Date Published: March 14, 2017
Publisher: Public Library of Science
Author(s): Gill Livingston, Gianluca Baio, Andrew Sommerlad, Simon de Lusignan, Spyridon Poulimenos, Steve Morris, Greta Rait, Juanita Hoe, Bruce L Miller
Abstract: BackgroundMost people with dementia do not receive timely diagnosis, preventing them from making informed plans about their future and accessing services. Many countries have a policy to increase timely diagnosis, but trials aimed at changing general practitioner (GP) practice have been unsuccessful. We aimed to assess whether a GP’s personal letter, with an evidence-based leaflet about overcoming barriers to accessing help for memory problems—aimed at empowering patients and families—increases timely dementia diagnosis and patient presentation to general practice.Methods and findingMulticentre, cluster-randomised controlled trial with raters masked to an online computer-generated randomisation system assessing 1 y outcome. We recruited 22 general practices (August 2013–September 2014) and 13 corresponding secondary care memory services in London, Hertfordshire, and Essex, United Kingdom. Eligible patients were aged ≥70 y, without a known diagnosis of dementia, living in their own homes. There were 6,387 such patients in 11 intervention practices and 8,171 in the control practices. The primary outcome was cognitive severity on Mini Mental State Examination (MMSE). Main secondary outcomes were proportion of patients consulting their GP with suspected memory disorders and proportion of those referred to memory clinics. There was no between-group difference in cognitive severity at diagnosis (99 intervention, mean MMSE = 22.04, 95% confidence intervals (CIs) = 20.95 to 23.13; 124 control, mean MMSE = 22.59, 95% CI = 21.58 to 23.6; p = 0.48). GP consultations with patients with suspected memory disorders increased in intervention versus control group (odds ratio = 1.41; 95% CI = 1.28, 1.54). There was no between-group difference in the proportions of patients referred to memory clinics (166, 2.5%; 220, 2.7%; p = .077 respectively). The study was limited as we do not know whether the additional patients presenting to GPs had objective as well as subjective memory problems and therefore should have been referred. In addition, we aimed to empower patients but did not do anything to change GP practice.ConclusionsOur intervention to access timely dementia diagnosis resulted in more patients presenting to GPs with memory problems, but no diagnoses increase. We are uncertain as to the reason for this and do not know whether empowering the public and targeting GPs would have resulted in a successful intervention. Future interventions should be targeted at both patients and GPs.Trial registrationCurrent Controlled Trials ISRCTN19216873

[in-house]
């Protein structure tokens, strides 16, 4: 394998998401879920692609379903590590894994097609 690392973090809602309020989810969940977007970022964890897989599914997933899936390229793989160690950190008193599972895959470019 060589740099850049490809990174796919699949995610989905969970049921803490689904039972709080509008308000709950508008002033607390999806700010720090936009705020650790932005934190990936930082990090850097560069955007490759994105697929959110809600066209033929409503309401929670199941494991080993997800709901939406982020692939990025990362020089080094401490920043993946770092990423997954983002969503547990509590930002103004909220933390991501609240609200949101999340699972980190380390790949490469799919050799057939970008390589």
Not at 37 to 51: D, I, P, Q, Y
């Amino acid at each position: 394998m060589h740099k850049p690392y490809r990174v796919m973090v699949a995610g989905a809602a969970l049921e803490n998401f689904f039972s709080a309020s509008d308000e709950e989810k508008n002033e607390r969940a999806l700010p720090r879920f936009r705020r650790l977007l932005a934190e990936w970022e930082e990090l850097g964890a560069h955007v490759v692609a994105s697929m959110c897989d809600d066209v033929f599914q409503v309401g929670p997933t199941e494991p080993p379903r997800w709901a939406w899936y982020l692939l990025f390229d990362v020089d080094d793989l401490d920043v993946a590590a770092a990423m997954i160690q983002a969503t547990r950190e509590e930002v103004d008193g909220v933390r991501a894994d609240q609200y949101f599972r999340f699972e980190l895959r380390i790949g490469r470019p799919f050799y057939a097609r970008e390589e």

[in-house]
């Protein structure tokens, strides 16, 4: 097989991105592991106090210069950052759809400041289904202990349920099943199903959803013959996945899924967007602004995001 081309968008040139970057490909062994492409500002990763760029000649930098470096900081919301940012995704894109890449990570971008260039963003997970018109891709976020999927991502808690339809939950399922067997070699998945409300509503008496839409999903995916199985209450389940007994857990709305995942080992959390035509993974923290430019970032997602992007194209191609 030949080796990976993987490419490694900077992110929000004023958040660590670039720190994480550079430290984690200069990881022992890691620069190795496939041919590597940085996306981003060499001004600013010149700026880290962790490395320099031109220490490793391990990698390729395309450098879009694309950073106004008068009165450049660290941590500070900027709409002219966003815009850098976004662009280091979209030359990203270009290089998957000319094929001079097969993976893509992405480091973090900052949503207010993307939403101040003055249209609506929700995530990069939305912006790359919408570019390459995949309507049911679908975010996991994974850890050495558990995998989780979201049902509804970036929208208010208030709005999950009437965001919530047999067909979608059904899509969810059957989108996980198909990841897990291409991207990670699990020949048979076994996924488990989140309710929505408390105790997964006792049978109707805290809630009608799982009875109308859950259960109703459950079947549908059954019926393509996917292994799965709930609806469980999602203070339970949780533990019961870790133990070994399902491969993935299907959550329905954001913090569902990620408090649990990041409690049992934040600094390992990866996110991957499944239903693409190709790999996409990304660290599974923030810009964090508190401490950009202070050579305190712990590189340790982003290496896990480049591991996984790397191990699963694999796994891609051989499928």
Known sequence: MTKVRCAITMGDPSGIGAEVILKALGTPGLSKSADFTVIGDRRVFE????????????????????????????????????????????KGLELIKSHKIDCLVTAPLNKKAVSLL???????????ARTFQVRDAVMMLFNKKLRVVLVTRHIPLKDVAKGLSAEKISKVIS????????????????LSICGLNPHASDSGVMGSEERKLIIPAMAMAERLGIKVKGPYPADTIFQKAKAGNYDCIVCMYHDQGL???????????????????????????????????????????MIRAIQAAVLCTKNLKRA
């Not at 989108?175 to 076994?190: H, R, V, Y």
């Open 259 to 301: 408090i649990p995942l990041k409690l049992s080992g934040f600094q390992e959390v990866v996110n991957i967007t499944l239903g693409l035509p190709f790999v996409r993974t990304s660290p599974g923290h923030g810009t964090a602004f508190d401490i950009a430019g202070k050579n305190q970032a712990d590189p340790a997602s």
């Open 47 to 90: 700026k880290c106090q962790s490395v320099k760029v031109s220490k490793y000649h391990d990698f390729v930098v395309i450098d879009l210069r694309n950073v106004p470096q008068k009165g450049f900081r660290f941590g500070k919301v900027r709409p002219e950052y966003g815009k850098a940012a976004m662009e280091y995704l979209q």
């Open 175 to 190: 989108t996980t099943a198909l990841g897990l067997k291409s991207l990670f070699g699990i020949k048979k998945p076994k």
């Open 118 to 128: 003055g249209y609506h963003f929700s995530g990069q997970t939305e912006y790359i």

Partial Text: The number of people with dementia is increasing worldwide as the population ages . Across developed countries, many people with dementia never receive a diagnosis, while others receive one late in the illness . Our systematic review of interventions to increase the rates of dementia diagnosis reports no clearly successful intervention; although educating general practitioners (GPs) increased their ability to diagnose dementia, this approach did not result in increased diagnostic rates . Currently, the dementias are incurable, but early diagnosis allows people to plan for the future , receive treatment to reduce cognitive and neuropsychiatric symptoms [5,6], and access social and voluntary care. Early diagnosis also helps family carers , reduces crises, and delays care home entry  for people with dementia with little negative effects .
We approached 43 practices, and 22 were randomised. The consolidated reporting of trials (CONSORT: Fig 1) diagram shows practices’ and patients’ progress through the trial. We recruited GP practices between 16th August 2013 and 14th December 2013 and the corresponding memory services between 11th December 2013 and 23rd September 2014. All memory services linked to the practices included in the study were recruited. We collected follow-up data from participating memory services between 16th April 2014 and 2nd October 2015. We stopped the trial once we had recruited the practices and follow-up was completed. Table 1 shows the baseline characteristics of those presenting to memory clinics with a suspected diagnosis of dementia. As expected, the majority of patients were female and the mean age was around 80-y-old.
There was no between-group difference in our primary outcome, cognitive severity at diagnosis. Our intervention was designed to empower patients and increase early diagnosis of dementia through increasing presentation to GPs with memory symptoms. The letters resulted in more people presenting to their GPs from the intervention practices with suspected memory problems. Although there was also a secular increase in GP referrals in both groups, GPs in the intervention group referred less of the people who presented to them with memory problems than in the nonintervention group. We do not know whether the extra patients presenting but not referred were worried well or had cognitive deficits, but overall in both groups there was no increase in the MMSE at diagnosis over time, so GPs are not referring earlier.